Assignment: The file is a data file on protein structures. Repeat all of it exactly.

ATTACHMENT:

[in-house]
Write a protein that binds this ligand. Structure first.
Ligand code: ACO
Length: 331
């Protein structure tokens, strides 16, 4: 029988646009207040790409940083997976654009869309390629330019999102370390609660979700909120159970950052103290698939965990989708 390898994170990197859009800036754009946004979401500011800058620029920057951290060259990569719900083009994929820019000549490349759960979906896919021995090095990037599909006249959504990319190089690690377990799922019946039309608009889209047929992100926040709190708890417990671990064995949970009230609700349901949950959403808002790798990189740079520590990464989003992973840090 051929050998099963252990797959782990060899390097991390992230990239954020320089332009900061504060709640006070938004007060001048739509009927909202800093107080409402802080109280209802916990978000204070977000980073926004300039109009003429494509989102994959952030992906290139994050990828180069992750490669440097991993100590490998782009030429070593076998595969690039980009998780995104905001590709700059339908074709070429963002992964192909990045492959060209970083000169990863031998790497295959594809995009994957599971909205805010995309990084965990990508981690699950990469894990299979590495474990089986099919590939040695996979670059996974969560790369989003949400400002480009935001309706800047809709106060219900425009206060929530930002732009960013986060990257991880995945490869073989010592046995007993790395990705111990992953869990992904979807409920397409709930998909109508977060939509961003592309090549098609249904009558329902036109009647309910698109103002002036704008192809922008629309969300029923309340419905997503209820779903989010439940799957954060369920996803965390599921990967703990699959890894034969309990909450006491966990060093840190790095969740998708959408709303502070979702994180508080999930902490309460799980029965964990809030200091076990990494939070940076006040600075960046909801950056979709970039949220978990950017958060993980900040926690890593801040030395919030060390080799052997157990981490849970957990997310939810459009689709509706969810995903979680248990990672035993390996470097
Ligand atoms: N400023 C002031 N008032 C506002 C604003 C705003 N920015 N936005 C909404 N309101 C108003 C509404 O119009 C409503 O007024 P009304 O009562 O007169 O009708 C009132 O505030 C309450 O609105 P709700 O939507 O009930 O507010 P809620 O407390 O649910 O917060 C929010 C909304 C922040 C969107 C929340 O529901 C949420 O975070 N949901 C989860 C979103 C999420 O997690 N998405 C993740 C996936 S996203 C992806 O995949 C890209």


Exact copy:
[in-house]
Write a protein that binds this ligand. Structure first.
Ligand code: ACO
Length: 331
């Protein structure tokens, strides 16, 4: 029988646009207040790409940083997976654009869309390629330019999102370390609660979700909120159970950052103290698939965990989708 390898994170990197859009800036754009946004979401500011800058620029920057951290060259990569719900083009994929820019000549490349759960979906896919021995090095990037599909006249959504990319190089690690377990799922019946039309608009889209047929992100926040709190708890417990671990064995949970009230609700349901949950959403808002790798990189740079520590990464989003992973840090 051929050998099963252990797959782990060899390097991390992230990239954020320089332009900061504060709640006070938004007060001048739509009927909202800093107080409402802080109280209802916990978000204070977000980073926004300039109009003429494509989102994959952030992906290139994050990828180069992750490669440097991993100590490998782009030429070593076998595969690039980009998780995104905001590709700059339908074709070429963002992964192909990045492959060209970083000169990863031998790497295959594809995009994957599971909205805010995309990084965990990508981690699950990469894990299979590495474990089986099919590939040695996979670059996974969560790369989003949400400002480009935001309706800047809709106060219900425009206060929530930002732009960013986060990257991880995945490869073989010592046995007993790395990705111990992953869990992904979807409920397409709930998909109508977060939509961003592309090549098609249904009558329902036109009647309910698109103002002036704008192809922008629309969300029923309340419905997503209820779903989010439940799957954060369920996803965390599921990967703990699959890894034969309990909450006491966990060093840190790095969740998708959408709303502070979702994180508080999930902490309460799980029965964990809030200091076990990494939070940076006040600075960046909801950056979709970039949220978990950017958060993980900040926690890593801040030395919030060390080799052997157990981490849970957990997310939810459009689709509706969810995903979680248990990672035993390996470097
Ligand atoms: N400023 C002031 N008032 C506002 C604003 C705003 N920015 N936005 C909404 N309101 C108003 C509404 O119009 C409503 O007024 P009304 O009562 O007169 O009708 C009132 O505030 C309450 O609105 P709700 O939507 O009930 O507010 P809620 O407390 O649910 O917060 C929010 C909304 C922040 C969107 C929340 O529901 C949420 O975070 N949901 C989860 C979103 C999420 O997690 N998405 C993740 C996936 S996203 C992806 O995949 C890209």